Individuals who are responsible for policy interpretation and implementation for a department (or collegiate unit or higher). They manage the sponsored and nonsponsored accounting and fiscal operations of a department (or collegiate unit or higher) in compliance with University policies and procedures and funding agency restrictions.
Individuals who provide leadership for a research grant and/or subunit within a department by managing, problem solving, ensuring compliance with policies, and monitoring budgets.
Individuals who provide overall leadership for the unit and the University in general. They participate in policy formation and ensure policy implementation for their unit. They are also responsible for their unit’s overall financial management.
This section is excerpted from the Board of Regents Policy: Academic Code of Conduct, adopted July 12, 1966 and amended December 8, 2006.
Section I. Scope
Section II. Guiding Principles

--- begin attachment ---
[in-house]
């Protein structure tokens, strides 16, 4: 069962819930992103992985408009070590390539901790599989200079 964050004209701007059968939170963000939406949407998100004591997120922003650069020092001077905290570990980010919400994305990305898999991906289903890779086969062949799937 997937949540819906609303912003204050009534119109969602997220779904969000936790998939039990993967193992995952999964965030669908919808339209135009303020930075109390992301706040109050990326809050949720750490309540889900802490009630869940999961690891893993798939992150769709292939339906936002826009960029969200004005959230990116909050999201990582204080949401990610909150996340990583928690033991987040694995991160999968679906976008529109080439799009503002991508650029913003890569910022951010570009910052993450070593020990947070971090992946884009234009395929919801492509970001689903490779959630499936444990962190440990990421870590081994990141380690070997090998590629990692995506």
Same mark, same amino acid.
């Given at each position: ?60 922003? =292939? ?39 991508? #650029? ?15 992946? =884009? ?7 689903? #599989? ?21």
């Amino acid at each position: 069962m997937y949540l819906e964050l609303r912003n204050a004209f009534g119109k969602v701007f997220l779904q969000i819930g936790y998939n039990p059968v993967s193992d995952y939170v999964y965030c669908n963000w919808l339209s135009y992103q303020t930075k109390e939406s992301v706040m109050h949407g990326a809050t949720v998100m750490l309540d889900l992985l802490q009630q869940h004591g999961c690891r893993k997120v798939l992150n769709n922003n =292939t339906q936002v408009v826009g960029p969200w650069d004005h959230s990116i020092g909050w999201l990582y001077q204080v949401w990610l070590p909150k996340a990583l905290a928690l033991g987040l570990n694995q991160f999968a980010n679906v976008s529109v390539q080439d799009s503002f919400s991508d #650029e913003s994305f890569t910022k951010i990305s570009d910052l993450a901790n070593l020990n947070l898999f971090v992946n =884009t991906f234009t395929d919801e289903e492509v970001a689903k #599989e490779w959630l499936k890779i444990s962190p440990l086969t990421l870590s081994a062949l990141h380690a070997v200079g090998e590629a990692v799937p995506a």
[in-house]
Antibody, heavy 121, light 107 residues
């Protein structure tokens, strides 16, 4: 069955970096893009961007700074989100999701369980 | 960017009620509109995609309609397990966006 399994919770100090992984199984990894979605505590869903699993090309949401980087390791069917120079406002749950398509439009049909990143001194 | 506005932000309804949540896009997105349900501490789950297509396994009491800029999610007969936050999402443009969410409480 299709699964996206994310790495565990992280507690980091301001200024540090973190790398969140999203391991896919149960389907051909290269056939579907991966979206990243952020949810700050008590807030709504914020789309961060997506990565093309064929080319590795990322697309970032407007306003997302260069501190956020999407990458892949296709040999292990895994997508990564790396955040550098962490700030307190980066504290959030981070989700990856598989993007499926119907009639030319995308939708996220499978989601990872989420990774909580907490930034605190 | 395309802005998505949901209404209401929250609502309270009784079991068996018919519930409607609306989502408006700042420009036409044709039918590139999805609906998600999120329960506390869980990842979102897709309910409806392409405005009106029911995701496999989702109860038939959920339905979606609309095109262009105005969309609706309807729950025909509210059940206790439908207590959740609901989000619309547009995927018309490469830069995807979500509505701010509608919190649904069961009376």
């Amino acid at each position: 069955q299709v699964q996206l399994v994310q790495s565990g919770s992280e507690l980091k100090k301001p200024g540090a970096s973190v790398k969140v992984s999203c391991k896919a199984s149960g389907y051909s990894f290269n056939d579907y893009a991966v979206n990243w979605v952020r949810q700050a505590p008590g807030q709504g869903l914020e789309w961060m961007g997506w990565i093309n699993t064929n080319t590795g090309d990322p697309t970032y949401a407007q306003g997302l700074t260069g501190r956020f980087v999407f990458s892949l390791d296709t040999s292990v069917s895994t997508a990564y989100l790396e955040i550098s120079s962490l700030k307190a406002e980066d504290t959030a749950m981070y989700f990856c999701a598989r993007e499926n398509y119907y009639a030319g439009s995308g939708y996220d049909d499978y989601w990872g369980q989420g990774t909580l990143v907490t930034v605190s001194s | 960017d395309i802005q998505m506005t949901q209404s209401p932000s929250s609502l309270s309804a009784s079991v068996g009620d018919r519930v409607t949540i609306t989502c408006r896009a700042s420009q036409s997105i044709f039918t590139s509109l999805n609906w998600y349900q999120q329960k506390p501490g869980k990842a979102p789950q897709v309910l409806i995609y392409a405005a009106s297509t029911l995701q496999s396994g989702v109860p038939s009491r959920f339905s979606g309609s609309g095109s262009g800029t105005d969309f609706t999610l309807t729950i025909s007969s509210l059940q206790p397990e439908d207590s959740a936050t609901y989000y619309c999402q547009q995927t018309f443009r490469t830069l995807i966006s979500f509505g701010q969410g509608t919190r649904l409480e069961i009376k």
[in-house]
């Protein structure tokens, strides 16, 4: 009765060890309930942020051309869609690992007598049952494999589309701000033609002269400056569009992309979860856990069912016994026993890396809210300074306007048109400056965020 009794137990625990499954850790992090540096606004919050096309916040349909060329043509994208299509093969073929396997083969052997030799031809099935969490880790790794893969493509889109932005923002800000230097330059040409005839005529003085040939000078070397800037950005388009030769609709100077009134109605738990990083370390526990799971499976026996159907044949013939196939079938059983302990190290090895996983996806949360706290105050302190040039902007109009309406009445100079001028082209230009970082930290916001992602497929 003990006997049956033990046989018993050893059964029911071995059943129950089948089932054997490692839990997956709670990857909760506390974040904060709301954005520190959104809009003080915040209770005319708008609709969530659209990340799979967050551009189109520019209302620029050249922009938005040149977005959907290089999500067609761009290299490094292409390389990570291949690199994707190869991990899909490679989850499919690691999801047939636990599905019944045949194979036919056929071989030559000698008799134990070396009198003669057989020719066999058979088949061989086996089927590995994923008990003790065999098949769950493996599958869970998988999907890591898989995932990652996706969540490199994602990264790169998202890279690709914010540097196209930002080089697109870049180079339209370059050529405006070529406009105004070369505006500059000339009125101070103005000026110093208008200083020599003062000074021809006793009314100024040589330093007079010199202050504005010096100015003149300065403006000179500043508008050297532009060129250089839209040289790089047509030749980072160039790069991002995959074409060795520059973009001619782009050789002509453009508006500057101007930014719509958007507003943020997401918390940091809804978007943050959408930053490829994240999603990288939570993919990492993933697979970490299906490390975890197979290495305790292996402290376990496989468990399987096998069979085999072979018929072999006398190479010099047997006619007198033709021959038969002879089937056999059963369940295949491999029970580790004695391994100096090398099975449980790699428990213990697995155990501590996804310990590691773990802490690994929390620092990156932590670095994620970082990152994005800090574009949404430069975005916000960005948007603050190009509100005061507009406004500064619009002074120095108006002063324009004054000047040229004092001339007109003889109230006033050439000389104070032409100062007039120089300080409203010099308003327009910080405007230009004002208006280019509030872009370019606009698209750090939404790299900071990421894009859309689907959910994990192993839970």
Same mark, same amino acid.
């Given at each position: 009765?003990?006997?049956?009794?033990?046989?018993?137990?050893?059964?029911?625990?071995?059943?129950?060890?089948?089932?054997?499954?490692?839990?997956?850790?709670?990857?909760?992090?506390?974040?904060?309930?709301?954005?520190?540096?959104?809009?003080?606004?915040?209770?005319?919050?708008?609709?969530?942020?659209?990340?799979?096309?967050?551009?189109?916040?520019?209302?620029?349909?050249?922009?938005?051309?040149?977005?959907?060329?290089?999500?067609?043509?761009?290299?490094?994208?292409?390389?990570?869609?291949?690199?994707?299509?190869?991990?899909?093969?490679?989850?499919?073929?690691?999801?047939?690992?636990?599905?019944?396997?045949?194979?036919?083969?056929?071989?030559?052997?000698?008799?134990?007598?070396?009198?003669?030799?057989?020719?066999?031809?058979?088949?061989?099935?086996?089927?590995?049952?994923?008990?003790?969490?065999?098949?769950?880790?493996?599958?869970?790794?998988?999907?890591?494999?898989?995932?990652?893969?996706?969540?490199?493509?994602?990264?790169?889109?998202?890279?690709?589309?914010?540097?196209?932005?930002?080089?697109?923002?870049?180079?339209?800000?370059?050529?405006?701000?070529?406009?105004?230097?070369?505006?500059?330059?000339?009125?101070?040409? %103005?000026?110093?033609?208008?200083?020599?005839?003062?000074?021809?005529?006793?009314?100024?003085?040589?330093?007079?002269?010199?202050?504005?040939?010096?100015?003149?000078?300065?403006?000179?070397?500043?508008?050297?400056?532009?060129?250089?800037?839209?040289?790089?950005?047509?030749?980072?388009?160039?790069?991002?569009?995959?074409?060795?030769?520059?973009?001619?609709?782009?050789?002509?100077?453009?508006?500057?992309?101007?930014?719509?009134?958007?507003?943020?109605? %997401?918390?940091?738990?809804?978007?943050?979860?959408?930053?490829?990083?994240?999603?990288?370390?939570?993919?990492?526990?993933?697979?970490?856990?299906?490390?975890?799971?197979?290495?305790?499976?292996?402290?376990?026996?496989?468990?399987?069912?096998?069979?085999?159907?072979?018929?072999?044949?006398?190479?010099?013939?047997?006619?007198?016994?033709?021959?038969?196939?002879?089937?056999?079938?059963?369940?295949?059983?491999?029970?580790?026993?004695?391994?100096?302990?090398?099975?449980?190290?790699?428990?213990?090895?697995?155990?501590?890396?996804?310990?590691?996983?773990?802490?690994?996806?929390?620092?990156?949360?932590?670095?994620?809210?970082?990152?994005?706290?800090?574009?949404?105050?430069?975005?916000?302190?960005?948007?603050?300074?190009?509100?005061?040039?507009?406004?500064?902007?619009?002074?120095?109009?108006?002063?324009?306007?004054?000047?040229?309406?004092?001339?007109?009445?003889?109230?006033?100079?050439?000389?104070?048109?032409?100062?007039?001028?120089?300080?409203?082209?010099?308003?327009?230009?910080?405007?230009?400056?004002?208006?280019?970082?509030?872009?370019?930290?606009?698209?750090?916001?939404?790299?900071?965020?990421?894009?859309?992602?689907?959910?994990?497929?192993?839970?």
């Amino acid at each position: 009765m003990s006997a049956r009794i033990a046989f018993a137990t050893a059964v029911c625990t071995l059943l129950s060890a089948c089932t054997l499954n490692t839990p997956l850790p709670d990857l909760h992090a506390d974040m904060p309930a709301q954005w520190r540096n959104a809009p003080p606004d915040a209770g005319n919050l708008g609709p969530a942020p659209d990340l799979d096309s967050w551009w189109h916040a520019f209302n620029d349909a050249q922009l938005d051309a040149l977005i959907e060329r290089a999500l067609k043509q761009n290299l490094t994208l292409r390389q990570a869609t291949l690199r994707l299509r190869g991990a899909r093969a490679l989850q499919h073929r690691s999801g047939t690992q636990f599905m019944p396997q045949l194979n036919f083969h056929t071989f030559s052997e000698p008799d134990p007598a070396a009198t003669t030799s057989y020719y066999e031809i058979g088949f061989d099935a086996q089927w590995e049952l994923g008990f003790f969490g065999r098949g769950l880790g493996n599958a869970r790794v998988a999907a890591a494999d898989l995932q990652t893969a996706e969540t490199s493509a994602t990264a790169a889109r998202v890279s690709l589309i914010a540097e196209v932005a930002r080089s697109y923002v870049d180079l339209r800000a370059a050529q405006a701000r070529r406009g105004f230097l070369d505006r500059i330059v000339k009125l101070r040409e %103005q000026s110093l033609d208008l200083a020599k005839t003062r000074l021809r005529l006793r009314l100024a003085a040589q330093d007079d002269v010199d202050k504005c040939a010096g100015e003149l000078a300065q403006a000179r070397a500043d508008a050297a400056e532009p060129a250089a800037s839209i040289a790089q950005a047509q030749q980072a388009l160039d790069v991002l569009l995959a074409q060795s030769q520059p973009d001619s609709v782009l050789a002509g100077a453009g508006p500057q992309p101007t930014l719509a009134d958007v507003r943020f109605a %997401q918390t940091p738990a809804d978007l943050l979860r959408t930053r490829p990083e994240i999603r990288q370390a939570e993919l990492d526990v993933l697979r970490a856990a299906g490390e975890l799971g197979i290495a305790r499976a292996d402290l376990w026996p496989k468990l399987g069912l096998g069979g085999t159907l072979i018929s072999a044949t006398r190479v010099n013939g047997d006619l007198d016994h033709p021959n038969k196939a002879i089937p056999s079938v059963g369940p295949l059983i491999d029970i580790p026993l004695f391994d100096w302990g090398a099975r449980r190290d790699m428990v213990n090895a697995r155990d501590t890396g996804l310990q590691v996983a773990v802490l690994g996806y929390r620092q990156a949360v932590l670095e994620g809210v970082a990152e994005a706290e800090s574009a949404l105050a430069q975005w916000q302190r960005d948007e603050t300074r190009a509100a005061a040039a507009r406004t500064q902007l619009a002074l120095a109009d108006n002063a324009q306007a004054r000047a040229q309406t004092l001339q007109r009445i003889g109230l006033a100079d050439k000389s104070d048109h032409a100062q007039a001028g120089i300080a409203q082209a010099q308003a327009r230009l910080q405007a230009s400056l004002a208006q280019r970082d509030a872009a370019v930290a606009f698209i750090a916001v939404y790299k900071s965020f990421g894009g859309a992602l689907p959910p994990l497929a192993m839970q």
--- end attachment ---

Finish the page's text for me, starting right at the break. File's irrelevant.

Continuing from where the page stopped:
Subd. 1. Values
Subd. 2. Commitment to Ethical Conduct
Section III. Standards of Conduct
Subd. 1. Act Ethically and with Integrity
Subd. 2. Be Fair and Respectful to Others
Subd. 3. Manage Responsibility
Subd. 5. Promote a Culture of Compliance
Section IV. Delegation of Authority
The University of Minnesota’s Code of Conduct applies to all employees of the University, and ensures honesty, integrity, and responsibility in all University-related activities, including purchasing.
The Code of Conduct (Code) applies to the following members of the University of Minnesota (University) community:
Students taking courses, attending classes, or enrolled in academic programs are governed by Board of Regents Policy: Student Conduct Code.
This code is intended to reflect other Board and University policies and procedures. It does not create any additional or different rights or duties of a substantive or procedural nature.
Subd. 1. Values. In carrying out the institution’s research, teaching, and public service mission, members of the University community (community members) are dedicated to advancing the University’s core values. These values embrace commitment to:
Subd. 2. Commitment to Ethical Conduct. Community members must be committed to the highest ethical standards of conduct and integrity. The standards of conduct in this Code, supported through policies, procedures, and workplace rules, provide guidance for making decisions and memorialize the institution’s commitment to responsible behavior.